Bronx apartment building workers planned to rally Wednesday for a fair contract and to hold a vote to strike.

Approximately 1,000 Bronx residential workers were expected to attend the event with 32BJ SEIU President Hector Figueroa, other union leaders and members and elected officials such as Bronx Borough President Ruben Diaz Jr. and New York City Council Member Francisco Moya.

“Junior” Carescencio Bulnes, a superintendent at 137 W. 193rd St. for 38 years and one of the bargaining committee members, said that workers are ready to fight for their needs at the bargaining table.

“We’re always worried about what will happen during bargaining, but we are ready to fight because united we are strong,” said Bulnes in a statement. “After 38 years of bargaining, I haven’t lost once and I’m not expecting to lose this time. The superintendents in Bronx are just waiting for the moment to strike, if we have to, but we rather win a good contract.”

In February, 32BJ SEIU began contract negotiations with the Bronx Realty Advisor Board for fair minimum rates for new hires, a fair wage increase and the maintaining of health and pension benefits. When asked to comment on the situation, a spokesperson for the board said, “No comment.”

Alton Crawford, a superintendent at Jamie Towers Housing for 30 years, stated, “About a year ago I was hospitalized for six weeks with congestive heart failure. All my bills were covered with our health insurance and all I needed to do was pay the $40 copays. If it weren’t for the 32BJ health fund, the unthinkable would have happened. The hospital bill alone when I was in the ICU for six weeks was $200,000. Our health care is so important, it’s worth fighting for.”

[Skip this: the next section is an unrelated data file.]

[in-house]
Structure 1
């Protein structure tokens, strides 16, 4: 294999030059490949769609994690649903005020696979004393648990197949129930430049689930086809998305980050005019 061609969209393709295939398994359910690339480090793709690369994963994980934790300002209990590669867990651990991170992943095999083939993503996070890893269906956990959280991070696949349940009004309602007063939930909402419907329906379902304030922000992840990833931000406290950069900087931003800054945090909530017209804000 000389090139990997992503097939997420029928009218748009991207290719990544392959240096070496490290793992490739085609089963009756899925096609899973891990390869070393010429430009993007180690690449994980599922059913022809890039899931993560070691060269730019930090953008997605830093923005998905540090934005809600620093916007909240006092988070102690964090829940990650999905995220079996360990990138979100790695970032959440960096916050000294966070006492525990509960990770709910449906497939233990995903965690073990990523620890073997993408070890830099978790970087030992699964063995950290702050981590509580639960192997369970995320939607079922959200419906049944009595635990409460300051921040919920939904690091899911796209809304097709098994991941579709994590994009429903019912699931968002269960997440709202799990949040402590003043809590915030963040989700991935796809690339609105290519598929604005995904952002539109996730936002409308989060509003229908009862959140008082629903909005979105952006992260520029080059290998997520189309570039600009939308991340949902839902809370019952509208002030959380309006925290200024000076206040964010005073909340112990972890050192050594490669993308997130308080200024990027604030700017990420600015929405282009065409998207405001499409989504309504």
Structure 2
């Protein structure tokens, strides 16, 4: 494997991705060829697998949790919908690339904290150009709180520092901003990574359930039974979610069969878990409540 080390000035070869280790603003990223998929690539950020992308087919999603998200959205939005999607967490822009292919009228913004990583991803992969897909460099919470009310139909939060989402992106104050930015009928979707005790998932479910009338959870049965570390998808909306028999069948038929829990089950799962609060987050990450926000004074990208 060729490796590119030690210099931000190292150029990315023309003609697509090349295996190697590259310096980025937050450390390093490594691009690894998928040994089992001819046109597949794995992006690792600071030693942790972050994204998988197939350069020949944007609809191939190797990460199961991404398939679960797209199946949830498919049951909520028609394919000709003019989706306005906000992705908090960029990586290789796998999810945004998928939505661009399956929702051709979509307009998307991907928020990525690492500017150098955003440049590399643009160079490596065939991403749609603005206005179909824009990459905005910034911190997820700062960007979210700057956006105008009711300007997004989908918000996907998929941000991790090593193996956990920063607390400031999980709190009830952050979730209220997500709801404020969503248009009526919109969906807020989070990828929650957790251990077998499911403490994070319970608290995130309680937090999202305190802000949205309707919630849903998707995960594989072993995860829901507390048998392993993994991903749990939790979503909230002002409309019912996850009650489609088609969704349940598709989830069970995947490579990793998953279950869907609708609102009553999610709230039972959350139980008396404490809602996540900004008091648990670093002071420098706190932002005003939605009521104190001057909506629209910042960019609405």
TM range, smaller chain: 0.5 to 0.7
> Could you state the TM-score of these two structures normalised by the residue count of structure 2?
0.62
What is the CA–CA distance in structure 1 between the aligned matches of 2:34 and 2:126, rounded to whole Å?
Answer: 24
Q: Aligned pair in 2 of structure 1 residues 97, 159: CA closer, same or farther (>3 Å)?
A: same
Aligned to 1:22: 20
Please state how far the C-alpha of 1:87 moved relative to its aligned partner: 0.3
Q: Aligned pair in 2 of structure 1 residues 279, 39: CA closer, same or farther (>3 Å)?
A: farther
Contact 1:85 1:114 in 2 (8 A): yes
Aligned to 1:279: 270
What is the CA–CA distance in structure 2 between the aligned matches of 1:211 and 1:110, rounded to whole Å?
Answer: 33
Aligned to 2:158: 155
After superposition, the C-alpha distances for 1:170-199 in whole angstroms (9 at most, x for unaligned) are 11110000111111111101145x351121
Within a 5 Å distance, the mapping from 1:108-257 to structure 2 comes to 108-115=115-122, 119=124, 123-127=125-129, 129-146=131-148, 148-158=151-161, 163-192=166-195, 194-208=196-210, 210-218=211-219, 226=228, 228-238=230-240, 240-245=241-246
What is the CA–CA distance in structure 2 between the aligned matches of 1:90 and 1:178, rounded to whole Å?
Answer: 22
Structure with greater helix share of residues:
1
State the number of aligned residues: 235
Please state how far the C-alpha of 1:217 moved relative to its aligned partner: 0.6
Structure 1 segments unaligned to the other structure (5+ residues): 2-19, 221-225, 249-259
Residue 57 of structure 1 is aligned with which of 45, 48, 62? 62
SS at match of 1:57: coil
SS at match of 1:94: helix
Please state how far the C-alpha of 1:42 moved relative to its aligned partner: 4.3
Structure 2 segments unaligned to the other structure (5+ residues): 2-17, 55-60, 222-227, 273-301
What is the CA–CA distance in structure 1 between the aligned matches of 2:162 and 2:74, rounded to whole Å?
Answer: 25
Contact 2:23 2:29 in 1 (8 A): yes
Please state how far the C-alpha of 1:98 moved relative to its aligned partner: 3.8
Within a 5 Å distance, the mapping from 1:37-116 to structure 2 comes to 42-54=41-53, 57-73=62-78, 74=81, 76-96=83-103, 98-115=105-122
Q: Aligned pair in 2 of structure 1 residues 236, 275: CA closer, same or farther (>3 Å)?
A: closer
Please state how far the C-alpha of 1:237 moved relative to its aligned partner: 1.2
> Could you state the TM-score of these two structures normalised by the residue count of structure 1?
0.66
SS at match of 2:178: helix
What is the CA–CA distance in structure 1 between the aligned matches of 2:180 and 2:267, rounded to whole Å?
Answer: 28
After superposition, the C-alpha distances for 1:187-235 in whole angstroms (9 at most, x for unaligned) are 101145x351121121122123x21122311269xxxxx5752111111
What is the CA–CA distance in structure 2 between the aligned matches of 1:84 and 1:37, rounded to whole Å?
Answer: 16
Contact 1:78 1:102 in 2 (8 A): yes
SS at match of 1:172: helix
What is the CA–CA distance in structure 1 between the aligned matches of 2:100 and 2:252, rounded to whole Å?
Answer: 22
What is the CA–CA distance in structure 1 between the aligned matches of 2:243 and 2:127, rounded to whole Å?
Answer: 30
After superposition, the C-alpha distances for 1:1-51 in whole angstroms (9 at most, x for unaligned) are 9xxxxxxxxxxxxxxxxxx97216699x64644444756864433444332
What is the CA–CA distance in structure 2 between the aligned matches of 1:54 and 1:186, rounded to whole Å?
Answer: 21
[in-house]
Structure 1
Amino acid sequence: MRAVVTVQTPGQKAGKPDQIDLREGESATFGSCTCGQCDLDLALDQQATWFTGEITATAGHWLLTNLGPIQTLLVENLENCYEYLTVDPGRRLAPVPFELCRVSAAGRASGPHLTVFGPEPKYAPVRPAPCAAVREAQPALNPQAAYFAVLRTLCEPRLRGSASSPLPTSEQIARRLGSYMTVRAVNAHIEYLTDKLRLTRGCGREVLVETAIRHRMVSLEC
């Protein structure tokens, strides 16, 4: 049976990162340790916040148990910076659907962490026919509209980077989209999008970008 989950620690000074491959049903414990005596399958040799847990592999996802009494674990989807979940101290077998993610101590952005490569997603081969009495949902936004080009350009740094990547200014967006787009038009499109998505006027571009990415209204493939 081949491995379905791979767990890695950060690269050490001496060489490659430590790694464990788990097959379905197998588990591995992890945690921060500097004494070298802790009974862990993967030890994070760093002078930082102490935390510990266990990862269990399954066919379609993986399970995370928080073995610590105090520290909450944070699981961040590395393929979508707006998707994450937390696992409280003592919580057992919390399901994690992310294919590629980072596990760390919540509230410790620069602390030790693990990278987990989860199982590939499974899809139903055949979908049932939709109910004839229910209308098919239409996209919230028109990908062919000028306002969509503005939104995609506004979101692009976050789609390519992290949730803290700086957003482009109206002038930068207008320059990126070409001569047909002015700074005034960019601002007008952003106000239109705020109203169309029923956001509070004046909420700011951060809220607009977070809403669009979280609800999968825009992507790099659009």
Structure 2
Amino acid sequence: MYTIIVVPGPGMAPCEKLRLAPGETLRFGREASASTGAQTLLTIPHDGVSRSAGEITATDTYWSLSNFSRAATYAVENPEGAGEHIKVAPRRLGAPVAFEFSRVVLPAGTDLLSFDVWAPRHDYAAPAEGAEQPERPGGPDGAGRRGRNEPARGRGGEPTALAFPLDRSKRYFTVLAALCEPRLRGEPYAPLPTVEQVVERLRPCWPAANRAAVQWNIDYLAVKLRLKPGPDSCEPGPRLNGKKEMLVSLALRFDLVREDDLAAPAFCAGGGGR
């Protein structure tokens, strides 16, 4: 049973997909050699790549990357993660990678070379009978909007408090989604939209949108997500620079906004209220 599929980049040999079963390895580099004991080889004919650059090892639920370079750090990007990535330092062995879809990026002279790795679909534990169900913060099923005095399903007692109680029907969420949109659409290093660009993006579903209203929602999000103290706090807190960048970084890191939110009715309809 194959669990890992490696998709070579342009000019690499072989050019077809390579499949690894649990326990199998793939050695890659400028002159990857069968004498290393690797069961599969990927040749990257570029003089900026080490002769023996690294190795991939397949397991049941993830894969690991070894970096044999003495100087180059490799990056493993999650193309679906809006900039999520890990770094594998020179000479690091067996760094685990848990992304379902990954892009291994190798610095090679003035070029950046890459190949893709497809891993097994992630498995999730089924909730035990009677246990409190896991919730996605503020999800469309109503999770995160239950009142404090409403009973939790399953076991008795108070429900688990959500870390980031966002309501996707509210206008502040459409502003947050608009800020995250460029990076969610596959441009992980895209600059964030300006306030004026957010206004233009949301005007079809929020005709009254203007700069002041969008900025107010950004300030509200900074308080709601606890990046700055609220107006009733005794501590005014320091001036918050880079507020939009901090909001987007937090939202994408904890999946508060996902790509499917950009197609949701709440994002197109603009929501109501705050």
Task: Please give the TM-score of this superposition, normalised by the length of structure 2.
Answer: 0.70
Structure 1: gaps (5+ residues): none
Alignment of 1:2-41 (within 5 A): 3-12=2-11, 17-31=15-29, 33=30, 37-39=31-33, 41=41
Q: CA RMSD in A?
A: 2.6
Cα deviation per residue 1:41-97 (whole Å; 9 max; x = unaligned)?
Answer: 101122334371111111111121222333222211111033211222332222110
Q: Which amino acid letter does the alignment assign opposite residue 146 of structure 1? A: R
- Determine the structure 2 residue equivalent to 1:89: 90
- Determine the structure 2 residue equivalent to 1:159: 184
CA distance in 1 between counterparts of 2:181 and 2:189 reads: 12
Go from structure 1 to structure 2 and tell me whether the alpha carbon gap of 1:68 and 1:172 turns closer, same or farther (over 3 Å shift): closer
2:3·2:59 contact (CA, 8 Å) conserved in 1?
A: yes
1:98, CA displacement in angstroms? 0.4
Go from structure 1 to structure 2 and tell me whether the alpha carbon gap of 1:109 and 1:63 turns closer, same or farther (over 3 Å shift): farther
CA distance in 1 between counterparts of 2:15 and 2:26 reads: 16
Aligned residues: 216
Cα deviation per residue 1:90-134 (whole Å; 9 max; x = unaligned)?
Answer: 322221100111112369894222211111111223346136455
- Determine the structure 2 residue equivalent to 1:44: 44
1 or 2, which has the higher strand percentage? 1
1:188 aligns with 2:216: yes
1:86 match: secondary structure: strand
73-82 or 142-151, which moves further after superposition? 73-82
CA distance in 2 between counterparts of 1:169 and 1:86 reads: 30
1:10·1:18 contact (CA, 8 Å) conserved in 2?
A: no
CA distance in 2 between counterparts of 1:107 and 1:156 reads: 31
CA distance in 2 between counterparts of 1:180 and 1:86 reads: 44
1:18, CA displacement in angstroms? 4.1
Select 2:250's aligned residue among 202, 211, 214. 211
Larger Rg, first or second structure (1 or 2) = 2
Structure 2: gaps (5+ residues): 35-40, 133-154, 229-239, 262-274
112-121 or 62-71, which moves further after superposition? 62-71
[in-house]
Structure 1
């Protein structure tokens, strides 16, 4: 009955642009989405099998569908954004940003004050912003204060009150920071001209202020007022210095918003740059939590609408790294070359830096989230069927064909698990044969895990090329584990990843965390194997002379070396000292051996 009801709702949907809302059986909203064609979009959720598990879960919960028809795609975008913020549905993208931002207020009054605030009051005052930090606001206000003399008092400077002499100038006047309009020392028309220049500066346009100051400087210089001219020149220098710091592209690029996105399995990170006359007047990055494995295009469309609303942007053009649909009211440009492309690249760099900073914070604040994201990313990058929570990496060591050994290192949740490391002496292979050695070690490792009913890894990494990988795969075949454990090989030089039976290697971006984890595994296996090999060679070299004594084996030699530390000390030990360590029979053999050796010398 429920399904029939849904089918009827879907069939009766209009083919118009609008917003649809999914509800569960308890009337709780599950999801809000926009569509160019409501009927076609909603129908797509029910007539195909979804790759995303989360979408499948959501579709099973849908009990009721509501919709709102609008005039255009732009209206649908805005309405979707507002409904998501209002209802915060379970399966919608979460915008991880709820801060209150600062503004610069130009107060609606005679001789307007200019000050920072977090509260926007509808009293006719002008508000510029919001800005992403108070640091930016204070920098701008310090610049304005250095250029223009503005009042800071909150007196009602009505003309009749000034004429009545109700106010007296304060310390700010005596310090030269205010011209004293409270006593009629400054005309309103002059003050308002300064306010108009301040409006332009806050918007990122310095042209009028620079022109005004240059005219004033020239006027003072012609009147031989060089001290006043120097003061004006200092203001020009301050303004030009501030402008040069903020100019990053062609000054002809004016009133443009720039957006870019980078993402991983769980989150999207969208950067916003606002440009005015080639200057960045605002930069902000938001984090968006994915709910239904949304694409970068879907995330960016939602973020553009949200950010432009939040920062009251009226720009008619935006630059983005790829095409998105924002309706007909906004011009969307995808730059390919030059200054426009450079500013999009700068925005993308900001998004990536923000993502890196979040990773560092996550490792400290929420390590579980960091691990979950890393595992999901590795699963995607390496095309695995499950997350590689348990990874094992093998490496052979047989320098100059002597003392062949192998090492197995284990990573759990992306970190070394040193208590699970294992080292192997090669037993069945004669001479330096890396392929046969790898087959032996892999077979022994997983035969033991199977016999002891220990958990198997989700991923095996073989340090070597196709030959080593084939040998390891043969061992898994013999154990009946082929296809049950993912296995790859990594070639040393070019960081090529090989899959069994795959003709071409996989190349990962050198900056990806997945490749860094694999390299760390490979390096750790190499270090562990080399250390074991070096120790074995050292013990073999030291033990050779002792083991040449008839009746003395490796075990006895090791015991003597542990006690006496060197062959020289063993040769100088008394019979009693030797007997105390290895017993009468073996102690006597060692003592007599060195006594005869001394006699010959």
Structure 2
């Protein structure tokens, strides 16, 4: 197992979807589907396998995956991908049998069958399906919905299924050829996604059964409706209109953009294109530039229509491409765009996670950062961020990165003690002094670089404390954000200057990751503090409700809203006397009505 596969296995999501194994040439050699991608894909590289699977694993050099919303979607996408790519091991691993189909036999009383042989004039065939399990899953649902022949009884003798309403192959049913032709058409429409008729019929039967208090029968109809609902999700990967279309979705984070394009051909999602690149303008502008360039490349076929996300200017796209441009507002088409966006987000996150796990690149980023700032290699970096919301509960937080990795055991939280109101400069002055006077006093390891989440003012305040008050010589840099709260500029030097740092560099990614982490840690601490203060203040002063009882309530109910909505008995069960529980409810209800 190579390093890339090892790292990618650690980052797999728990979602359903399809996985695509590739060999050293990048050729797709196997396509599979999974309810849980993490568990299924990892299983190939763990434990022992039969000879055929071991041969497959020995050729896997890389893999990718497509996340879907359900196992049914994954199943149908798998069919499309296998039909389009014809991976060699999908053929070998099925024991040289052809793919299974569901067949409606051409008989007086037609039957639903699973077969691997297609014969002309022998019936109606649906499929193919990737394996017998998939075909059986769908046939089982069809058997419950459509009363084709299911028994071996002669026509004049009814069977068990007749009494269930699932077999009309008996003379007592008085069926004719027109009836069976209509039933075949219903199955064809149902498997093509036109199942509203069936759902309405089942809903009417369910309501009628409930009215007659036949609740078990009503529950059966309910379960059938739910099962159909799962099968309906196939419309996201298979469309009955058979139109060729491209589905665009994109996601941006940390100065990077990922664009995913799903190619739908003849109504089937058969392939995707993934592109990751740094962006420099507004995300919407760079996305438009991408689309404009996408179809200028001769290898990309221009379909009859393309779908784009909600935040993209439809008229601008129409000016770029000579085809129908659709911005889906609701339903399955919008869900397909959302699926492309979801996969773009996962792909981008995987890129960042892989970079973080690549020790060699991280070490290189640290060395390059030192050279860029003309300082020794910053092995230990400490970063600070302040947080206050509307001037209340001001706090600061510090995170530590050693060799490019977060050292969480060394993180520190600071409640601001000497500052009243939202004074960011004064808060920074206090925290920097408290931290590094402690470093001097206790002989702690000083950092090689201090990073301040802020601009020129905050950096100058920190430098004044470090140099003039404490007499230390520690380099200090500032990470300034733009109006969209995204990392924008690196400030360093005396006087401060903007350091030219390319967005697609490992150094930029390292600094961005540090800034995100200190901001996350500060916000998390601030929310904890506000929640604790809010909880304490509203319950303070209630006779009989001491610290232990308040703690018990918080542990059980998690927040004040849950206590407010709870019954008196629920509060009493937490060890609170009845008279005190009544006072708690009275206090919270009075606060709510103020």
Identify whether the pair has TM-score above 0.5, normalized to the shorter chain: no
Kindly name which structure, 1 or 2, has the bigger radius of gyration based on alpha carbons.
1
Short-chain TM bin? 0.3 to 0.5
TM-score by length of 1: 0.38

The 3,000 Bronx building workers represented by 32BJ work in different types of buildings, including luxury apartments, rent-stabilized units, condos and co-ops. According to 32BJ officials, in the second half of 2017, Bronx investors spent $1.5 billion, which was an increase from the previous year. The Bronx population has grown over 25 percent in the past 25 years, and average residential prices passed their pre-recession peak for the first time in the second quarter of 2017.

Elpidio Molina, a superintendent at Amalgamated Housing for 38 years, said although conditions are better than when he first started, there’s still room for improvement.

“We’ve come a long way. I can remember when people in the Bronx were making just $5.25 an hour,” stated Molina. “Health care and our pensions are the most important now. The raises are only there while you’re working; the pension protects us long after that. I’m not going to retire for a long time, I’m too young, but when I do, I’ll need my pension so I’m fighting to keep it in this contract.”